Nevernight is the first novel in a new fantasy trilogy from Jay Kristoff, and I was thrilled to be sent an advance copy for review.
Mia Corvere is sixteen years old, and, after six years of training, she is to be admitted to the Red Church – a secretive organisation of assassins. Whilst adept at many of the skills this requires, she has additional motivation, as she seeks to avenge herself on those who hanged her father as a traitor, who threw her mother into a prison and who sentenced the ten-year-old Mia to a death that she narrowly managed to avoid.
But training at Red Church will not be a straightforward affair – only four of the inductees will become ‘blades’, competition is fierce and there’s no guarantee that she’ll survive the training process.
In Nevernight, Kristoff evokes a richly imagined world, detailed in the places, people and their beliefs. Much of the detail is passed along through the use of footnotes. I liked these (if you don’t mind Pratchett’s footnotes, you should be fine here) – they added commentary and explanation without hindering the story, and many were humorous and had me chuckling. For what is a relatively bloodthirsty work (you don’t get to be an assassin without a little bloodshed, after all) the novel maintains a tone of humour throughout which adds some light relief between some dark scenes.
I found the magic system used in Nevernight to be highly original – something I don’t get to say often. Magic isn’t widely used (is, in fact, largely believed to have died out), but where it is utilised, it comes at a price. Imagine having the ability to change the flesh of others – to heal, and make them beautiful, but for your own flesh to become ever more repugnant and repulsive every time you used this skill. Such is the nature of magic in this novel. Whilst helpful, it’s certainly no easy way, and I found this idea of a trade-off to be fascinating and refreshing.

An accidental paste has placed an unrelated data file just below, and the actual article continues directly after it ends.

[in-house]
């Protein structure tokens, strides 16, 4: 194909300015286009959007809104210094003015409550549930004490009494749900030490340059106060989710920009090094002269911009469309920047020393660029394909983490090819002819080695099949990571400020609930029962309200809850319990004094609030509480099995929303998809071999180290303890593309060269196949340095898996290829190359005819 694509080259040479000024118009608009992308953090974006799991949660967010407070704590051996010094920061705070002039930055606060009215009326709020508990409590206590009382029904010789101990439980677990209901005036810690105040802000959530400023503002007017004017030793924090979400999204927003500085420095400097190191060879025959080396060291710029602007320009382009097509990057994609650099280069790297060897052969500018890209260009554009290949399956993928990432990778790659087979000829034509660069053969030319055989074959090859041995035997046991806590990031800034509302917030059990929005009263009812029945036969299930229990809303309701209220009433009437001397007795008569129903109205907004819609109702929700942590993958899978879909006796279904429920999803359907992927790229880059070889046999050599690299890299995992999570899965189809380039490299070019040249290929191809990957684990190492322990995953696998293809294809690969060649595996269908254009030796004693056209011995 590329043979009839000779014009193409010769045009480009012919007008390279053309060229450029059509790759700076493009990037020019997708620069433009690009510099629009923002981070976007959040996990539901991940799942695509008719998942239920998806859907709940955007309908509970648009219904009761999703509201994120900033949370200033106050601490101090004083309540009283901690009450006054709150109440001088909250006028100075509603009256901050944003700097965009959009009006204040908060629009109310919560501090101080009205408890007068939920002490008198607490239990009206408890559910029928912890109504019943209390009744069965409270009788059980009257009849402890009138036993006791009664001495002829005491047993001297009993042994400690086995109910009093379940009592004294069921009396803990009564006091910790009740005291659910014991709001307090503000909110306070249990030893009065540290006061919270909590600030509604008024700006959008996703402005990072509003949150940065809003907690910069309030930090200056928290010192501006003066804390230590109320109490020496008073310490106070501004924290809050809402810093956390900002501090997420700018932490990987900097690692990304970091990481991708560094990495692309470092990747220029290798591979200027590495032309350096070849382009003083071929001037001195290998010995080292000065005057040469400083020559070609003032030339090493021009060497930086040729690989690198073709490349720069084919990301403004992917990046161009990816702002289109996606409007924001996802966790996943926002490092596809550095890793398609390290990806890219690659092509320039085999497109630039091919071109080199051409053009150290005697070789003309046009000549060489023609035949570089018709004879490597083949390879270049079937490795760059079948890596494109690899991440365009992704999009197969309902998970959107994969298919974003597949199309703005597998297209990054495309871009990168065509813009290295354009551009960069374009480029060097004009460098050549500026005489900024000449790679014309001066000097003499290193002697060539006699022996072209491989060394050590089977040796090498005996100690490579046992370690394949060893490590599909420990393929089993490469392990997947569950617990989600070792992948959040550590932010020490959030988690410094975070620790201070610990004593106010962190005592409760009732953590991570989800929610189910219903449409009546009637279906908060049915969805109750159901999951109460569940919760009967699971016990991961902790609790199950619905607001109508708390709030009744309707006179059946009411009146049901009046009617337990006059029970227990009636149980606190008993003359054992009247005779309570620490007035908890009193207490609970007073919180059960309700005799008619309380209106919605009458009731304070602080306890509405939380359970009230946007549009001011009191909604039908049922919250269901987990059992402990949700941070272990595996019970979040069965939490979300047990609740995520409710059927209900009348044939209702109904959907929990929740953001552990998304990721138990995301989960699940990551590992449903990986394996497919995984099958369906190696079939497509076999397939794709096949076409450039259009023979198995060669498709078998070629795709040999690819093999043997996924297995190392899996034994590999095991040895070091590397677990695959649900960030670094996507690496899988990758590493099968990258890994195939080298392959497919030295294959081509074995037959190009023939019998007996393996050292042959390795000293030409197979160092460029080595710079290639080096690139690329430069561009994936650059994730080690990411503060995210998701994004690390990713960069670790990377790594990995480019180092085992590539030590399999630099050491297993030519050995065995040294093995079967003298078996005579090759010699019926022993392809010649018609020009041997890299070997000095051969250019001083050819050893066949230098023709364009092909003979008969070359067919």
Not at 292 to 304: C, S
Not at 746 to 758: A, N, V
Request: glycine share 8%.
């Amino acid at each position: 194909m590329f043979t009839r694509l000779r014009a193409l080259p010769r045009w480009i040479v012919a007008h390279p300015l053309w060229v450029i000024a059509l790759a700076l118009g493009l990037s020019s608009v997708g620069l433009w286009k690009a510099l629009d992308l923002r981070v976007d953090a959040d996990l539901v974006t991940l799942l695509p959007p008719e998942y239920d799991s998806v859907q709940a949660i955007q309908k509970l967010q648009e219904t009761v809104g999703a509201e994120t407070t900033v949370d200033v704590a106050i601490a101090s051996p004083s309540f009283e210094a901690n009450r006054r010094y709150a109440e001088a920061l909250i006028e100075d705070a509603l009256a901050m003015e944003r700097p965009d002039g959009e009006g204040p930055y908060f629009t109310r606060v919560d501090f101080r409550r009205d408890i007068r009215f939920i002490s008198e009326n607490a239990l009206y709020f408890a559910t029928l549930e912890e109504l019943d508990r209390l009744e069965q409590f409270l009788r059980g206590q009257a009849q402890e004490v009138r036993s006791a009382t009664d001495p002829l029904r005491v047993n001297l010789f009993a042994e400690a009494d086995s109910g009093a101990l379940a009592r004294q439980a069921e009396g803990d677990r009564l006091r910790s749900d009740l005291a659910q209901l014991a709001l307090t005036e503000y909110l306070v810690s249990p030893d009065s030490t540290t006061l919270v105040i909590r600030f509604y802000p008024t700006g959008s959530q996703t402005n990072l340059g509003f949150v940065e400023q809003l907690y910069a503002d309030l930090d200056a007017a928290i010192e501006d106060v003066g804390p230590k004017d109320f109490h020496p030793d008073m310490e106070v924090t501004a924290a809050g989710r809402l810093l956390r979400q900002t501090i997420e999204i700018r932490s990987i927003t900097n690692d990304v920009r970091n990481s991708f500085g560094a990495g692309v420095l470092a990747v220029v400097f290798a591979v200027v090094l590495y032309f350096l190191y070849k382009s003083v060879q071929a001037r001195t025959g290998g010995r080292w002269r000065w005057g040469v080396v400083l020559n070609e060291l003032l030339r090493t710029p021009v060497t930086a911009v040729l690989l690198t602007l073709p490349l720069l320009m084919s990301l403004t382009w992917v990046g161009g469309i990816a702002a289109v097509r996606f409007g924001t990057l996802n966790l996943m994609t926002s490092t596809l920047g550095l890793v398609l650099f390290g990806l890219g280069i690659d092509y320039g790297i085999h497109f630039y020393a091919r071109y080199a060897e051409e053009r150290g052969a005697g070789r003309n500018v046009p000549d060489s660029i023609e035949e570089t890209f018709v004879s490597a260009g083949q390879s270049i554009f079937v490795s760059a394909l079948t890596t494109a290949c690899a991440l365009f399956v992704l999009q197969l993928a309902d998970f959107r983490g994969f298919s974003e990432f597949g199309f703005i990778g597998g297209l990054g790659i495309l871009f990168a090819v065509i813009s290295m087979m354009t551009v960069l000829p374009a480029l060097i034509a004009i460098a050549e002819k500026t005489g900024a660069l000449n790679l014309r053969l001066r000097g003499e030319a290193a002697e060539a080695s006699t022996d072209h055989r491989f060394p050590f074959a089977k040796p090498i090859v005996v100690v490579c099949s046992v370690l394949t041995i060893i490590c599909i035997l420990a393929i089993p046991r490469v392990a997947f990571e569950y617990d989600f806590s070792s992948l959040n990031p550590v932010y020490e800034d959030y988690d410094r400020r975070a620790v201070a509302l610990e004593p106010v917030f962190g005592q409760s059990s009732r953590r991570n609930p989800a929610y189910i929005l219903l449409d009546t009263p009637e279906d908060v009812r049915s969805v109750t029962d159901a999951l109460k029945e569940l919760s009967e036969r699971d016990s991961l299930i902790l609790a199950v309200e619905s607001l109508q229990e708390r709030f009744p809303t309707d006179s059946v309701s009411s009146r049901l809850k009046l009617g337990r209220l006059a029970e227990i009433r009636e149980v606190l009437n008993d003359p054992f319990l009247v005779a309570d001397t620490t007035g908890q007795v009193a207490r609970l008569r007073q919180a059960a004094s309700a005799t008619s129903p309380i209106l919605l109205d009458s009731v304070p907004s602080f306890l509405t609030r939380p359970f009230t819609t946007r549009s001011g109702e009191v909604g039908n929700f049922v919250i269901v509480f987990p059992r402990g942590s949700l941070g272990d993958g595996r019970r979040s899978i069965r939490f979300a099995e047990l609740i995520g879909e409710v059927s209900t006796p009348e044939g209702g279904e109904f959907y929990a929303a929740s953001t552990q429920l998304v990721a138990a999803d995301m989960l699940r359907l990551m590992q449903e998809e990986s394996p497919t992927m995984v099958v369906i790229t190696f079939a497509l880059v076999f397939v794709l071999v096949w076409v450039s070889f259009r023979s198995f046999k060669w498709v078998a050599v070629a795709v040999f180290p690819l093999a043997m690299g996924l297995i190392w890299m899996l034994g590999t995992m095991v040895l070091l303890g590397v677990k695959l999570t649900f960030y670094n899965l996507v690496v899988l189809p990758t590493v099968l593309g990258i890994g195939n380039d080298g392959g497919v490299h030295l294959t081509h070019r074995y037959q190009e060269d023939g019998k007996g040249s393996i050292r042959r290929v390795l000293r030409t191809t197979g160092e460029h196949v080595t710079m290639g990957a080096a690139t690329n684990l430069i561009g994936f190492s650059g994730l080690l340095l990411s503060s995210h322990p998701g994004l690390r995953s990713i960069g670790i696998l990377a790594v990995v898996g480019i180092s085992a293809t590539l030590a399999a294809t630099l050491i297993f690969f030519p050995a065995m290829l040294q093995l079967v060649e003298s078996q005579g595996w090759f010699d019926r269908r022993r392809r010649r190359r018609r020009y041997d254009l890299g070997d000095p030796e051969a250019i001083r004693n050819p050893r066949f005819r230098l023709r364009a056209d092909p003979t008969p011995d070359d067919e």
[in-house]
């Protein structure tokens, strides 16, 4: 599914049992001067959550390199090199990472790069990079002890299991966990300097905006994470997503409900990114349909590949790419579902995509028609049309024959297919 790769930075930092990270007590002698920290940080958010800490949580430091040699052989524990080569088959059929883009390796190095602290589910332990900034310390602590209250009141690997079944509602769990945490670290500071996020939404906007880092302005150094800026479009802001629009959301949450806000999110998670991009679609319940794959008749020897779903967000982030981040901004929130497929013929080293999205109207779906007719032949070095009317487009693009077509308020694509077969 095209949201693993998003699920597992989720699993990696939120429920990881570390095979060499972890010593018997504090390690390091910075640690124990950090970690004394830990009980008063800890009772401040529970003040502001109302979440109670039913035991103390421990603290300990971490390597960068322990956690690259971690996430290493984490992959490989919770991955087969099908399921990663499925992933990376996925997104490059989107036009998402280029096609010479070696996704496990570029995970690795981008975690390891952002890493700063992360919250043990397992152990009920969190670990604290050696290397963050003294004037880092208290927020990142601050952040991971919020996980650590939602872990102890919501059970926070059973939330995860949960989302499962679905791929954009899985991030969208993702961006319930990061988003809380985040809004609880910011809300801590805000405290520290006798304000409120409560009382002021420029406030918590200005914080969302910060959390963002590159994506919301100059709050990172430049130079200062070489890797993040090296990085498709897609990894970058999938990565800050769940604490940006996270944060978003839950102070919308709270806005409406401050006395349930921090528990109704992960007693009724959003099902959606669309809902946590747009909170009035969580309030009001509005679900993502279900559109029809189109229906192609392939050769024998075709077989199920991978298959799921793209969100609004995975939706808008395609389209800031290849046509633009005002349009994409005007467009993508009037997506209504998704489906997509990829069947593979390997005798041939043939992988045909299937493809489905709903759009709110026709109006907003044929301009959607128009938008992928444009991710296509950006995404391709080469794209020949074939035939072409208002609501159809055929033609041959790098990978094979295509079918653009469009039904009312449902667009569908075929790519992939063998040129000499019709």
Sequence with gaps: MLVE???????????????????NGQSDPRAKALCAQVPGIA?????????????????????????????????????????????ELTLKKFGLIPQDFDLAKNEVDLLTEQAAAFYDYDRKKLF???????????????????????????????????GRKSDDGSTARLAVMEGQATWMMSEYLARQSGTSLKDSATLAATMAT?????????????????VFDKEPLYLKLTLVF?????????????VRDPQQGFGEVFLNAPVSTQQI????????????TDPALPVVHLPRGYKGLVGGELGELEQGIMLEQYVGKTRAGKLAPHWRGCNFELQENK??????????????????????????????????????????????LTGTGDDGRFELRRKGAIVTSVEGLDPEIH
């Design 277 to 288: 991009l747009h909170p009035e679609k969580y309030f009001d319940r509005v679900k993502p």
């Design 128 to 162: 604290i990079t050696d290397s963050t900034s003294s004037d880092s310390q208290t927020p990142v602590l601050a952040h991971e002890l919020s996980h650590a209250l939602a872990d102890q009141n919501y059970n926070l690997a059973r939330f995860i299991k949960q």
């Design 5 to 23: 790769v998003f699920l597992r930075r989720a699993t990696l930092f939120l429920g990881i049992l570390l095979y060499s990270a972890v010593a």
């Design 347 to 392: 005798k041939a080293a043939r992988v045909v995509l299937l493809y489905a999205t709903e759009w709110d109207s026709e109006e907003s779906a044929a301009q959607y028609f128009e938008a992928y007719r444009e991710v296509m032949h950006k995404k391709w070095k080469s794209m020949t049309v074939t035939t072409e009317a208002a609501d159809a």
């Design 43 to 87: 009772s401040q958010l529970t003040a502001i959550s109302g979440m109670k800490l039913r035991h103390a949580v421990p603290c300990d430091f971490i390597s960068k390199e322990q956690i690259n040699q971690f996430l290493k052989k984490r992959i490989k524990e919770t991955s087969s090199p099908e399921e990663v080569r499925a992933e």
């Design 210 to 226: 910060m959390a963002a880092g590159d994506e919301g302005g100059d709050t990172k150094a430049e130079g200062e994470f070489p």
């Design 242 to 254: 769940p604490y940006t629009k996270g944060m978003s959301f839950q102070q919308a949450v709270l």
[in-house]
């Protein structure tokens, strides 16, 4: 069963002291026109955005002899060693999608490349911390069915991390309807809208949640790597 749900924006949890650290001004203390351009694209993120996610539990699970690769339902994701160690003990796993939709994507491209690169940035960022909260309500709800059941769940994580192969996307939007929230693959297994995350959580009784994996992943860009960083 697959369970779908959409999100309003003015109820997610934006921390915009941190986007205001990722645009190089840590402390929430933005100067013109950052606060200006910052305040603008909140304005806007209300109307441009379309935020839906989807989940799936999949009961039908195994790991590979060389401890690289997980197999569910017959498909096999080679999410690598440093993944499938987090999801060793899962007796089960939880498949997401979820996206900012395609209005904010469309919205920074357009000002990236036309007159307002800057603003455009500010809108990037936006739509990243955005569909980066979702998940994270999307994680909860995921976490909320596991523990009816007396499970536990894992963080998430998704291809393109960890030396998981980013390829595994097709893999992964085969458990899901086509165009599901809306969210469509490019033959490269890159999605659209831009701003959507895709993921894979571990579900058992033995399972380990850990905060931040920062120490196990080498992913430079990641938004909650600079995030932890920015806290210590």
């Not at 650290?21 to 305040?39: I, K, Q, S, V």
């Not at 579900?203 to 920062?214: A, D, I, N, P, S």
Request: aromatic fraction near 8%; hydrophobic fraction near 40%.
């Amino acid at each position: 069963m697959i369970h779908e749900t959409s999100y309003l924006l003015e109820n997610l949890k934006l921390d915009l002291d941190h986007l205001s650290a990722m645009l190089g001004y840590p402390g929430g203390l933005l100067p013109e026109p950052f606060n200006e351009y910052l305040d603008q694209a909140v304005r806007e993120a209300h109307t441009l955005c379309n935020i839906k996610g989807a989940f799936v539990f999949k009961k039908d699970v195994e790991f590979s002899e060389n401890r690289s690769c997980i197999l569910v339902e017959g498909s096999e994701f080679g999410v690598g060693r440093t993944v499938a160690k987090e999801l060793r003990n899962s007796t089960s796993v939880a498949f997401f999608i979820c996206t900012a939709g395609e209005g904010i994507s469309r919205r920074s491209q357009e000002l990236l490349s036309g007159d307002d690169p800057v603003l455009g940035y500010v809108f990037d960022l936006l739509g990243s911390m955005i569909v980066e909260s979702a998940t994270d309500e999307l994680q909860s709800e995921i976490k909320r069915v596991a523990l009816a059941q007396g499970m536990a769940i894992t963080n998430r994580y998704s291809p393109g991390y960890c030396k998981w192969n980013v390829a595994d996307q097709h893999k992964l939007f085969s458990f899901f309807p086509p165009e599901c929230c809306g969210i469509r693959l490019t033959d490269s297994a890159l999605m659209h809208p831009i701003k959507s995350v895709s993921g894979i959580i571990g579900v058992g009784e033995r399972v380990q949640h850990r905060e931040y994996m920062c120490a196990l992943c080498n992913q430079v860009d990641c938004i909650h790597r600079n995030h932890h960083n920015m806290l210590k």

As with the world building, Kristoff has also provided a rich cast of characters, all with their own motivations and back stories. Somewhat unusually for the genre (although this is becoming less true), it’s the women that stand out in this novel. There are male characters, but it’s the ladies that were the focus, at least for me. And this is particularly true of Mia, who I found to be a fascinating character. Feisty and temperamental, she has lots of bad habits but is ultimately driven to succeed, even when the odds are against her, and there were parts where I had to read on to make sure that she’d get out of whatever situation she landed herself in.
Like many novels, there are aspects of Nevernight that reminded me of other works – A Game of Thrones and Rothfuss’s The Name of the Wind spring to mind – but there is plenty in Nevernight to set it apart from both these and others. This is a thoroughly enjoyable read, and I can’t wait for the next instalment.
Nevernight will be published on 11 August by Harper Voyager. Many thanks to Katie Sadler for providing a copy for review.